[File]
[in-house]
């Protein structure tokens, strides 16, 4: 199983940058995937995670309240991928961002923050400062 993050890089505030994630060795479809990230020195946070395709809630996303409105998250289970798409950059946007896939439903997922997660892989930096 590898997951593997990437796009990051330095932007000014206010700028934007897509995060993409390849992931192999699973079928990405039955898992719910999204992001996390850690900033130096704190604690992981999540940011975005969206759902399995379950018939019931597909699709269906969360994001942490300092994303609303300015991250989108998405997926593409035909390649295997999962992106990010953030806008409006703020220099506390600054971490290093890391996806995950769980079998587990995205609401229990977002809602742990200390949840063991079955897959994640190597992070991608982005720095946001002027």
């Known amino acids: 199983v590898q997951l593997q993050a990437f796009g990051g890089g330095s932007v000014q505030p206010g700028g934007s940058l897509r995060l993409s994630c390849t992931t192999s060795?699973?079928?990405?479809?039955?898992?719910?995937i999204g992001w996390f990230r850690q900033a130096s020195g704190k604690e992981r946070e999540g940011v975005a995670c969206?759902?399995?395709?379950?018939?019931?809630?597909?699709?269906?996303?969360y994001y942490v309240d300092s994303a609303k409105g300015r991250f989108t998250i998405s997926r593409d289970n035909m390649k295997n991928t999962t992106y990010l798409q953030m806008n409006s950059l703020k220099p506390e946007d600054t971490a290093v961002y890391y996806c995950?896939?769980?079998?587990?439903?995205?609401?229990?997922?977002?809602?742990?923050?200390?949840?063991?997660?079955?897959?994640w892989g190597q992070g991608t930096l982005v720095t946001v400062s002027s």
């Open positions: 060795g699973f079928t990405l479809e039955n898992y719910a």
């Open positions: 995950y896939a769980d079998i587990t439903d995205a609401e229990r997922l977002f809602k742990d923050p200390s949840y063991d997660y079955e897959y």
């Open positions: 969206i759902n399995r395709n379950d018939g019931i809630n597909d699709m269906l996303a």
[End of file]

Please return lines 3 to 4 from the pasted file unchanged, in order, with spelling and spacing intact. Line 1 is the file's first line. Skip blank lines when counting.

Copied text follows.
């Known amino acids: 199983v590898q997951l593997q993050a990437f796009g990051g890089g330095s932007v000014q505030p206010g700028g934007s940058l897509r995060l993409s994630c390849t992931t192999s060795?699973?079928?990405?479809?039955?898992?719910?995937i999204g992001w996390f990230r850690q900033a130096s020195g704190k604690e992981r946070e999540g940011v975005a995670c969206?759902?399995?395709?379950?018939?019931?809630?597909?699709?269906?996303?969360y994001y942490v309240d300092s994303a609303k409105g300015r991250f989108t998250i998405s997926r593409d289970n035909m390649k295997n991928t999962t992106y990010l798409q953030m806008n409006s950059l703020k220099p506390e946007d600054t971490a290093v961002y890391y996806c995950?896939?769980?079998?587990?439903?995205?609401?229990?997922?977002?809602?742990?923050?200390?949840?063991?997660?079955?897959?994640w892989g190597q992070g991608t930096l982005v720095t946001v400062s002027s």
């Open positions: 060795g699973f079928t990405l479809e039955n898992y719910a």